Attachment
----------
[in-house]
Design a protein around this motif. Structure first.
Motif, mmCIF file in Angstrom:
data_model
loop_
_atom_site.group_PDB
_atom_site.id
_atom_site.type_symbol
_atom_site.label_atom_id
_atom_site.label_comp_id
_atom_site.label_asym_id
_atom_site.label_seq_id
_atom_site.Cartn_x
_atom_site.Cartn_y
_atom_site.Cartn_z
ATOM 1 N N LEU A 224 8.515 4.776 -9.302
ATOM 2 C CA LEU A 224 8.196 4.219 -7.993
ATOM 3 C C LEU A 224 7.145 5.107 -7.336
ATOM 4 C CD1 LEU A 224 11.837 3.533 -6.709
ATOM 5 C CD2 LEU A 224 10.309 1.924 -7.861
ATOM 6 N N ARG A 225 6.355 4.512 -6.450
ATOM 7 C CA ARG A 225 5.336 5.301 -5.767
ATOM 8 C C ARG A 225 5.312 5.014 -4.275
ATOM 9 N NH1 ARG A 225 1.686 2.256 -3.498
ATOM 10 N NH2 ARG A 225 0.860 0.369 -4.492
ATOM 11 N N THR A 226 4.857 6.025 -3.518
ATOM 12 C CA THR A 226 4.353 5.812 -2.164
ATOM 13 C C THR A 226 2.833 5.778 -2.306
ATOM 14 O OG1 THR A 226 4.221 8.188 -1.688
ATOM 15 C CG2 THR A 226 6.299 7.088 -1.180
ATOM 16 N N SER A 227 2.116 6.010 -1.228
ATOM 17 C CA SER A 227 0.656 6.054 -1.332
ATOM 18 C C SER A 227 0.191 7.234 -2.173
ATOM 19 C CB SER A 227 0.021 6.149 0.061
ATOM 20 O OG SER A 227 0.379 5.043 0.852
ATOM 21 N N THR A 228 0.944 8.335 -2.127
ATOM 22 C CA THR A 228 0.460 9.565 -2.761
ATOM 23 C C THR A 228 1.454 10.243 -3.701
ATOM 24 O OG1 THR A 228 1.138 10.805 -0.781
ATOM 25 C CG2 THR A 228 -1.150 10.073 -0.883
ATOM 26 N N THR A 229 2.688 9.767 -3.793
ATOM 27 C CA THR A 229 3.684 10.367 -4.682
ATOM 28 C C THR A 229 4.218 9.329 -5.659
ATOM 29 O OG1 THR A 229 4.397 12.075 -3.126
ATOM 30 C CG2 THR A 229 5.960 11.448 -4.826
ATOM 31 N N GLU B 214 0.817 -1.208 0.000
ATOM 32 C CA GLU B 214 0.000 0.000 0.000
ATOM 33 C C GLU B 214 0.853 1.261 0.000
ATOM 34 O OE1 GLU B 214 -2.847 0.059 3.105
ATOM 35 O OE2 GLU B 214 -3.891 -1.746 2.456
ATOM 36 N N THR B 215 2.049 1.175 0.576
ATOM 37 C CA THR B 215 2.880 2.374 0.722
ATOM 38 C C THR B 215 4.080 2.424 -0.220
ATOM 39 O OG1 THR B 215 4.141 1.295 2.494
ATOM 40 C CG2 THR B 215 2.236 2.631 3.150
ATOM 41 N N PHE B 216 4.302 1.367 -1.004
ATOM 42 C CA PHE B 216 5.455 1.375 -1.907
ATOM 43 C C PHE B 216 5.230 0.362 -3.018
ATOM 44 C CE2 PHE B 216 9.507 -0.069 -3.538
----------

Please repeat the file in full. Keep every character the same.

[in-house]
Design a protein around this motif. Structure first.
Motif, mmCIF file in Angstrom:
data_model
loop_
_atom_site.group_PDB
_atom_site.id
_atom_site.type_symbol
_atom_site.label_atom_id
_atom_site.label_comp_id
_atom_site.label_asym_id
_atom_site.label_seq_id
_atom_site.Cartn_x
_atom_site.Cartn_y
_atom_site.Cartn_z
ATOM 1 N N LEU A 224 8.515 4.776 -9.302
ATOM 2 C CA LEU A 224 8.196 4.219 -7.993
ATOM 3 C C LEU A 224 7.145 5.107 -7.336
ATOM 4 C CD1 LEU A 224 11.837 3.533 -6.709
ATOM 5 C CD2 LEU A 224 10.309 1.924 -7.861
ATOM 6 N N ARG A 225 6.355 4.512 -6.450
ATOM 7 C CA ARG A 225 5.336 5.301 -5.767
ATOM 8 C C ARG A 225 5.312 5.014 -4.275
ATOM 9 N NH1 ARG A 225 1.686 2.256 -3.498
ATOM 10 N NH2 ARG A 225 0.860 0.369 -4.492
ATOM 11 N N THR A 226 4.857 6.025 -3.518
ATOM 12 C CA THR A 226 4.353 5.812 -2.164
ATOM 13 C C THR A 226 2.833 5.778 -2.306
ATOM 14 O OG1 THR A 226 4.221 8.188 -1.688
ATOM 15 C CG2 THR A 226 6.299 7.088 -1.180
ATOM 16 N N SER A 227 2.116 6.010 -1.228
ATOM 17 C CA SER A 227 0.656 6.054 -1.332
ATOM 18 C C SER A 227 0.191 7.234 -2.173
ATOM 19 C CB SER A 227 0.021 6.149 0.061
ATOM 20 O OG SER A 227 0.379 5.043 0.852
ATOM 21 N N THR A 228 0.944 8.335 -2.127
ATOM 22 C CA THR A 228 0.460 9.565 -2.761
ATOM 23 C C THR A 228 1.454 10.243 -3.701
ATOM 24 O OG1 THR A 228 1.138 10.805 -0.781
ATOM 25 C CG2 THR A 228 -1.150 10.073 -0.883
ATOM 26 N N THR A 229 2.688 9.767 -3.793
ATOM 27 C CA THR A 229 3.684 10.367 -4.682
ATOM 28 C C THR A 229 4.218 9.329 -5.659
ATOM 29 O OG1 THR A 229 4.397 12.075 -3.126
ATOM 30 C CG2 THR A 229 5.960 11.448 -4.826
ATOM 31 N N GLU B 214 0.817 -1.208 0.000
ATOM 32 C CA GLU B 214 0.000 0.000 0.000
ATOM 33 C C GLU B 214 0.853 1.261 0.000
ATOM 34 O OE1 GLU B 214 -2.847 0.059 3.105
ATOM 35 O OE2 GLU B 214 -3.891 -1.746 2.456
ATOM 36 N N THR B 215 2.049 1.175 0.576
ATOM 37 C CA THR B 215 2.880 2.374 0.722
ATOM 38 C C THR B 215 4.080 2.424 -0.220
ATOM 39 O OG1 THR B 215 4.141 1.295 2.494
ATOM 40 C CG2 THR B 215 2.236 2.631 3.150
ATOM 41 N N PHE B 216 4.302 1.367 -1.004
ATOM 42 C CA PHE B 216 5.455 1.375 -1.907
ATOM 43 C C PHE B 216 5.230 0.362 -3.018
ATOM 44 C CE2 PHE B 216 9.507 -0.069 -3.538